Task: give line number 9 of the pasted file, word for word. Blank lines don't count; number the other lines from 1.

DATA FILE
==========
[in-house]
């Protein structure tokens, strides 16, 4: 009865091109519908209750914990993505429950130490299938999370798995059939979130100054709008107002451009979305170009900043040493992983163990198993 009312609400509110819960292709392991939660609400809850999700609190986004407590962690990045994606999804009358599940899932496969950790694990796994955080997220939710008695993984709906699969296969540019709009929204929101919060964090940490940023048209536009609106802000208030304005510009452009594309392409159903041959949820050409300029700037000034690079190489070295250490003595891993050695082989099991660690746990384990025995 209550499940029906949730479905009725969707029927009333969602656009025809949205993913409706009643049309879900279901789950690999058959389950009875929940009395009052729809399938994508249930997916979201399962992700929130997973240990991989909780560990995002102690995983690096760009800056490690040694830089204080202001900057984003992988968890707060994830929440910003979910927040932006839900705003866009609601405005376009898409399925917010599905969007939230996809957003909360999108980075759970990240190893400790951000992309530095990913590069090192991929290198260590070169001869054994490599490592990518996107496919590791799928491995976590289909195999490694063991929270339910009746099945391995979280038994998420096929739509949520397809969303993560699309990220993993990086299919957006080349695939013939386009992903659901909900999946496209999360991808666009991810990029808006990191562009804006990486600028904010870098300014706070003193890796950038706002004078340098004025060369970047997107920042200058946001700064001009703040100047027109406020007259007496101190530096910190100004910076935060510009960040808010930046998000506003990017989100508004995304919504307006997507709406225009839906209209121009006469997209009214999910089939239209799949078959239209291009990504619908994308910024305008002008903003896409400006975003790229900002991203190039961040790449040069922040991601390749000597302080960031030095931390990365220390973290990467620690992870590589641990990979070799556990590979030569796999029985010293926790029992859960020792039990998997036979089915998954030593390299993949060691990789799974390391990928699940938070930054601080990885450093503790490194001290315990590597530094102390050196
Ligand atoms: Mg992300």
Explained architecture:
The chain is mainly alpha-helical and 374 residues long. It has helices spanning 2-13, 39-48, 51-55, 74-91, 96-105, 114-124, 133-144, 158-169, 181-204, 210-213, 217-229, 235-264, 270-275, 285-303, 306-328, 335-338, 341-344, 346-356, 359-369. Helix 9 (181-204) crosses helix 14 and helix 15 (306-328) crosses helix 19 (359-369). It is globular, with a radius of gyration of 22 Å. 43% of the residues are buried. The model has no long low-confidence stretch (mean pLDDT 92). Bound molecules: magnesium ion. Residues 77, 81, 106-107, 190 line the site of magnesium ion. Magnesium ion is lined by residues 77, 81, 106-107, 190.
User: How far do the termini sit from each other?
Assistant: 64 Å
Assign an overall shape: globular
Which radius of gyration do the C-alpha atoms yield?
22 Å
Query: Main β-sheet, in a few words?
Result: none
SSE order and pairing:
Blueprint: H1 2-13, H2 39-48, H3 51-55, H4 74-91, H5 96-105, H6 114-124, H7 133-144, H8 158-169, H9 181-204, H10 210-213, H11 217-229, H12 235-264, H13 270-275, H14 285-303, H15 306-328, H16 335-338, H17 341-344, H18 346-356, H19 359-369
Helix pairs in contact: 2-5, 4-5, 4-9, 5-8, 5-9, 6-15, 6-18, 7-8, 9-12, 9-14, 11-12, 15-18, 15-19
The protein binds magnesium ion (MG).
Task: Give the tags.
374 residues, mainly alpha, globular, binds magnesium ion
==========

Which radius of gyration do the C-alpha atoms yield?